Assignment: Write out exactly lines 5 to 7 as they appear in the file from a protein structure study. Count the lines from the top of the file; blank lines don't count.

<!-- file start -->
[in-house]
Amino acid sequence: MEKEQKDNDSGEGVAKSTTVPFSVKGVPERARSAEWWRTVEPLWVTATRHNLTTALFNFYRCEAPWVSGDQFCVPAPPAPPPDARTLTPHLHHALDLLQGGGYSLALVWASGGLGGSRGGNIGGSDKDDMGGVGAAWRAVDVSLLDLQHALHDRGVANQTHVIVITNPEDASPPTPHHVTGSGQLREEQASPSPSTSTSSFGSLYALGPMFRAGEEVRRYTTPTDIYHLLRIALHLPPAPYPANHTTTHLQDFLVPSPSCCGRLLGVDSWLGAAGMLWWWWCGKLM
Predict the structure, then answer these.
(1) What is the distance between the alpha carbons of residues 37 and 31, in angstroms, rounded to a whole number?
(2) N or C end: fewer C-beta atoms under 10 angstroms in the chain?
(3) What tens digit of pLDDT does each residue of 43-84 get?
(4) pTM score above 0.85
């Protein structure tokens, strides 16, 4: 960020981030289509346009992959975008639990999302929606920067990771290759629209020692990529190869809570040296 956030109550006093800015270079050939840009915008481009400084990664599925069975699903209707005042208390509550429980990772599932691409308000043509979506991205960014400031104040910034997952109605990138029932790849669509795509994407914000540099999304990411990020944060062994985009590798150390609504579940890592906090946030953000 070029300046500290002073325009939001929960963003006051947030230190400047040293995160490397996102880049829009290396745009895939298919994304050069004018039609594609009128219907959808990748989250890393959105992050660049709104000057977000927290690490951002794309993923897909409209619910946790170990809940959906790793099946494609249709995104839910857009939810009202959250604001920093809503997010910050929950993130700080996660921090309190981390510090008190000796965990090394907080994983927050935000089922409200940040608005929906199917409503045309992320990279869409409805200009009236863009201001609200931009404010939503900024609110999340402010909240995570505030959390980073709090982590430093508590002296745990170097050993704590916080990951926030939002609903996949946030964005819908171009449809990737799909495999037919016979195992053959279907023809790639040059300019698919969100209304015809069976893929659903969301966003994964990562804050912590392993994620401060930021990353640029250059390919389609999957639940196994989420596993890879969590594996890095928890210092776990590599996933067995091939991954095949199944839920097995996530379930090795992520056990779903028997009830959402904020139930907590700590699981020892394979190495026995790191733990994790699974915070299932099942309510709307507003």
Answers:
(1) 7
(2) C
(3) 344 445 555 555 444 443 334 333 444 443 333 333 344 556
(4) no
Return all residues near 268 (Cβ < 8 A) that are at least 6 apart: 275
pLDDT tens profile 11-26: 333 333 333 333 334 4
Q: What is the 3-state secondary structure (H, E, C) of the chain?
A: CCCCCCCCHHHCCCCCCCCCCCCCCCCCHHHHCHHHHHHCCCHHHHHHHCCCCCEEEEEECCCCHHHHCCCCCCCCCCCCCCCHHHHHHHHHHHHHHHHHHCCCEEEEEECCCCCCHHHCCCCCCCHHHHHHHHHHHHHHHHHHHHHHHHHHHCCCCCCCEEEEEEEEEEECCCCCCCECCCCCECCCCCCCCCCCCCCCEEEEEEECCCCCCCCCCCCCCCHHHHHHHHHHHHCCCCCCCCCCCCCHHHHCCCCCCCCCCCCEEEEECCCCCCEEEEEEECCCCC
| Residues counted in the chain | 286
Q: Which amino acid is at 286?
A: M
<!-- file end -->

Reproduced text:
(2) N or C end: fewer C-beta atoms under 10 angstroms in the chain?
(3) What tens digit of pLDDT does each residue of 43-84 get?
(4) pTM score above 0.85